Top Chinese economic advisor Liu He made the offer during weekend trade talks in Beijing with a US delegation led by Commerce Secretary Wilbur Ross, The Wall Street Journal reported Tuesday.

The new purchases would include soybeans, natural gas, crude oil and coal.

The Commerce Department on Wednesday told AFP no definitive agreement had been reached and no further information was available.

During a regular news briefing Thursday in Beijing, the Chinese commerce ministry confirmed the two sides had discussed detailed proposals during the trade negotiations.

“China and the US carried out in-depth and concrete discussions in some specific areas of trade cooperation, especially agricultural products and energy,” said Gao Feng, the ministry’s spokesman, when asked about the $70 billion figure.

“China is willing to expand imports from the US under the precondition of both sides walking towards each other,” Gao said.

US exports to China last year hit $130.4 billion, according to the Department. A $70 billion package of purchases would amount to a 53.8 percent increase.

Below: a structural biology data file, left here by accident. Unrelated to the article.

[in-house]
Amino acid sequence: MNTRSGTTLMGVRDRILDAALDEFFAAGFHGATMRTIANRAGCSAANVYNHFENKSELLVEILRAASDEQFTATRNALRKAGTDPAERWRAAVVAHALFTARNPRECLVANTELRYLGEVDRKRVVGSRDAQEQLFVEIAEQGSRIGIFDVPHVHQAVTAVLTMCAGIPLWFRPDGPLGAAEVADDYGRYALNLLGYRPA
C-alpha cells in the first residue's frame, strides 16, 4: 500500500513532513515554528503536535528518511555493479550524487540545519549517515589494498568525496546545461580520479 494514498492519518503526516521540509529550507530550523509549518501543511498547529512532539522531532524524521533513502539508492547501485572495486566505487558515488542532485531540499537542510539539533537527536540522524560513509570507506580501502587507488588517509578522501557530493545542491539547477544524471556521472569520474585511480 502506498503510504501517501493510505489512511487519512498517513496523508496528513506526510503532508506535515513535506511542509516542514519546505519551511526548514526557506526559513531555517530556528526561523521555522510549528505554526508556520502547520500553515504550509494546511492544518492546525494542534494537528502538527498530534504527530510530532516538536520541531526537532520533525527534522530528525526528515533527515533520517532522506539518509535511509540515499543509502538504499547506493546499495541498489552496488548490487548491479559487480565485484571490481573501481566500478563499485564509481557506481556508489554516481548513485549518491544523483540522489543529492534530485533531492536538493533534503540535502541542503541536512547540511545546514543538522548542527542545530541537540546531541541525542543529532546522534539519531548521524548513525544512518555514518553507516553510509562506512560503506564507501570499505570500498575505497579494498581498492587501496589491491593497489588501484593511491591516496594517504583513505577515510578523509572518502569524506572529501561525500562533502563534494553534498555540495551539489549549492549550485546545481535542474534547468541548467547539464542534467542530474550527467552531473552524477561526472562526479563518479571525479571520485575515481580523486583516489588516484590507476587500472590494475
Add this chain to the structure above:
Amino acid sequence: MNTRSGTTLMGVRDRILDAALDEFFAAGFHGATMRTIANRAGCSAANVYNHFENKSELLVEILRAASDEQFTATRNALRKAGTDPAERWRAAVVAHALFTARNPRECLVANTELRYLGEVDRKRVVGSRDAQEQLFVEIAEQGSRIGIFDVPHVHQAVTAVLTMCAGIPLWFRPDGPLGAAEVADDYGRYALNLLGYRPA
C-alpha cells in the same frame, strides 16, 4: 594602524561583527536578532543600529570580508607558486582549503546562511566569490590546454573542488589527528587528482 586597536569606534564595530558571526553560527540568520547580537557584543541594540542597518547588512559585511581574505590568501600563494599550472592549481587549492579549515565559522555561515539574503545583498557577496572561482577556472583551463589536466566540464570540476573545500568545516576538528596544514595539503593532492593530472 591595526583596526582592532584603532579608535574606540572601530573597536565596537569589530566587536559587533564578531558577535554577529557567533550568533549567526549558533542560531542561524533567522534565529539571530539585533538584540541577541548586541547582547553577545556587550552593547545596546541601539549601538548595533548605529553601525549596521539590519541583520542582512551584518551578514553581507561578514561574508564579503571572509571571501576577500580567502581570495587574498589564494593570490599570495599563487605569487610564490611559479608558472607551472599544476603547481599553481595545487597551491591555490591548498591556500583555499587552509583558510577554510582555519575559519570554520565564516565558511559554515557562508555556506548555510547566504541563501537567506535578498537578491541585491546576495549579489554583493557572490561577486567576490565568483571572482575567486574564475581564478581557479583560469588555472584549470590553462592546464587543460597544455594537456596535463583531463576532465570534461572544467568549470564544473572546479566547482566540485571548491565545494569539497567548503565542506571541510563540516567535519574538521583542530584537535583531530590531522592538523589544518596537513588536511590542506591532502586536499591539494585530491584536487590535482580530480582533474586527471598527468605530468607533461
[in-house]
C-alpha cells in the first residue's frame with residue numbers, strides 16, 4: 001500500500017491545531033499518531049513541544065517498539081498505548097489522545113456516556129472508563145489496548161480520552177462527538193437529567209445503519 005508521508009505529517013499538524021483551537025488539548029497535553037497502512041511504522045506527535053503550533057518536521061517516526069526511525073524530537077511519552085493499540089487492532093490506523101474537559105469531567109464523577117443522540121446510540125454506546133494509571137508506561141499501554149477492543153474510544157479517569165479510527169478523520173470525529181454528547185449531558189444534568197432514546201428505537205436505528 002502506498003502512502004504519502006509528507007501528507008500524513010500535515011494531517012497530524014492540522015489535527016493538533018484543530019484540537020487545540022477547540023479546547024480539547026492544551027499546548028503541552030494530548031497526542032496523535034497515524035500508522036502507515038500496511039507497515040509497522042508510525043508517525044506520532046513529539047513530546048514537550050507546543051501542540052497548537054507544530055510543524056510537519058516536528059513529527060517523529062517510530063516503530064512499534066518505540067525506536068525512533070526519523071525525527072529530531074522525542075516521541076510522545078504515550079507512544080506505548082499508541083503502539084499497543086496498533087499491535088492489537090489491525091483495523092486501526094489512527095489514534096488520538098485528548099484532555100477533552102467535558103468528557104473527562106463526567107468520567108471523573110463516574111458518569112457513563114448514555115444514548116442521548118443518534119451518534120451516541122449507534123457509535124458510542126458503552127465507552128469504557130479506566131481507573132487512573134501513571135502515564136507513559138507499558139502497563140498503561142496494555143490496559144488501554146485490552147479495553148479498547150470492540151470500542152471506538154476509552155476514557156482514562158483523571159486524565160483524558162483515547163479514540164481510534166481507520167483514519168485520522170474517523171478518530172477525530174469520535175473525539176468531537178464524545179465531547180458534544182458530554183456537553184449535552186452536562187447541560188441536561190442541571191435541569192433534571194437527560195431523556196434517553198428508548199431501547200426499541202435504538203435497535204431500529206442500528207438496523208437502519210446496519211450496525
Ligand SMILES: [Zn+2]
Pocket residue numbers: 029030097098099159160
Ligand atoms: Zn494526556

For goods alone, the US trade deficit with China hit a record $375 billion last year, and the White House has demanded Beijing cut the imbalance by $200 billion.

“If the United States introduces trade sanctions including tariffs, all the economic and trade achievements negotiated by the two parties will be void,” China’s official news agency Xinhua said Sunday.

According to the Wall Street Journal, Liu personally explained to Ross the offer would be void in the event Washington imposed additional tariffs.

Trump had announced last week that the US was pressing ahead with plans to impose 25 percent tariffs on $50 billion worth of Chinese imports tied to the tech sector, which Washington says has benefitted from the alleged theft of US know-how and intellectual property.